Vendor management is all about creating a mutually beneficial relationship so not only your company can succeed, but your vendors can successfully work with you. When you’re the company hiring you define the suppliers and what they are privy to it. As you look at rethinking or sharpening up your vendor management strategies consider the following.
Keep Them Up to Date
Schedule regular meetings with your vendors to share the latest information and priorities. Here you can monitor performance and help create more accountability. As part of ongoing vendor review, carefully look at their policies, internal controls, and ability to meet obligations. By having regular discussions you can identify their current other commitments and priorities while communicating yours.
Invite Major Suppliers To Critical Meetings
When major meetings happen where your vendor’s expertise can help cut down costs or inform your future strategy, invite them. By leveraging their expertise you can potentially improve your end service or product potentially giving you a competitive advantage. Ensure however you have a non-disclosure agreement in place.
Support Your Vendors
One key part of a successful vendor relationship is having members of your team or a third party that has the bandwidth to manage vendor relationships and identify new vendors. Task this team with finding the most appropriate vendors based on your business needs and ensuring the relationship remains mutually beneficial to both your team and vendors. The size of the team will depend on multiple factors such as:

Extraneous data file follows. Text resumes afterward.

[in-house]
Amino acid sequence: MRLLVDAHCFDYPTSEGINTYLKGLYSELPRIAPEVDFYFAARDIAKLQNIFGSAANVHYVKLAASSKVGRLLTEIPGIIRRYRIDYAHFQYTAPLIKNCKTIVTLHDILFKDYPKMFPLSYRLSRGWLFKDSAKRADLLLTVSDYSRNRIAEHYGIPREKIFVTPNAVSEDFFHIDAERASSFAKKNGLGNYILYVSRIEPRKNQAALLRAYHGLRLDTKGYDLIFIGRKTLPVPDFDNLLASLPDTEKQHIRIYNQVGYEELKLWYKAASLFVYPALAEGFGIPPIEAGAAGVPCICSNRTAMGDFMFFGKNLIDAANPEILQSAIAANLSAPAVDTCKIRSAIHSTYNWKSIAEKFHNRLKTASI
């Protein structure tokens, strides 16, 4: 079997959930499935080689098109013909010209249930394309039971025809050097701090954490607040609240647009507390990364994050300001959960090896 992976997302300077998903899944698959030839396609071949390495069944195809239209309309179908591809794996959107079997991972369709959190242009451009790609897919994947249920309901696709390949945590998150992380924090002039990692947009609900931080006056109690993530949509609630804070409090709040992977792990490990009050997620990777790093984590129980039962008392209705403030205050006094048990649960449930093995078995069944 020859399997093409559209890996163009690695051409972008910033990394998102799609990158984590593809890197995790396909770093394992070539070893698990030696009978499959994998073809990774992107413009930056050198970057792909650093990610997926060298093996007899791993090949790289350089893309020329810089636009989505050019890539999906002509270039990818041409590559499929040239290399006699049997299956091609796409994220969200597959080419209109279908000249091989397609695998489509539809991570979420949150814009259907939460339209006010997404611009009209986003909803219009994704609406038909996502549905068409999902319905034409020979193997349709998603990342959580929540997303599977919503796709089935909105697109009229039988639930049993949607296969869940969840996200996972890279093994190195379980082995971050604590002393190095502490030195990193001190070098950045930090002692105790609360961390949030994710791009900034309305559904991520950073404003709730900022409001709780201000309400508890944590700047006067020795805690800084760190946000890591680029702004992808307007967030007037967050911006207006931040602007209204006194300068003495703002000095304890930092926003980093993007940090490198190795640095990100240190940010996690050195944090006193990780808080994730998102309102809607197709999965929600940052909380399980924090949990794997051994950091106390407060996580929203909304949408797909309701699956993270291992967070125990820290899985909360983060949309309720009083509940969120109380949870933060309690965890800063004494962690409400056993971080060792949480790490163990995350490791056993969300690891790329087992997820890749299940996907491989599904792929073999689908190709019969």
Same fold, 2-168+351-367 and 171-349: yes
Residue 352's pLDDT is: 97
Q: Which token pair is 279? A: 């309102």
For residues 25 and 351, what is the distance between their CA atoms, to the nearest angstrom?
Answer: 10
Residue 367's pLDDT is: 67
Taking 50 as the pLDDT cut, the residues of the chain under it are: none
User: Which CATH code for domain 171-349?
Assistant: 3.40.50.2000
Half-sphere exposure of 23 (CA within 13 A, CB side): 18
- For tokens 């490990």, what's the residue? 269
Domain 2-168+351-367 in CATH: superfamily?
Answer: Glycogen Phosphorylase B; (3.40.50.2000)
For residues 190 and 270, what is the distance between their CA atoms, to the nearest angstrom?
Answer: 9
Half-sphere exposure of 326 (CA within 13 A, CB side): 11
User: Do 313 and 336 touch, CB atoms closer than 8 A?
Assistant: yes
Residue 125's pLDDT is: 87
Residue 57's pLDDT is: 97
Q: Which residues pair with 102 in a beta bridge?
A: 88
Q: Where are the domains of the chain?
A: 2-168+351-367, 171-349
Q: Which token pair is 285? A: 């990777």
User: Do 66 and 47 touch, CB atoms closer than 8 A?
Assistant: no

- Your company’s size
- Number of vendors
- Number of services you’re hiring for
Understand the Full Cost of Changing Vendors
Once you build a vendor relationship so they are an integral part of your product, the cost to switch vendors can be very expensive and more costly than a short-term gain where you asking current vendors for a discount. Changing vendors frequently can cause quality assurance issues and even delay the release of new products.
Get to know your vendor’s business model and provide resources. Help them better serve you so you’re not at the last second panicking to find a new vendor after another vendor has to go in a different direction.
Understanding their business model and how they earn profits can help you create a mutual win so that your vendor relationships are long term. Both parties need to have the same expectations in terms of quality and level of communication for there to be a successful business partnership.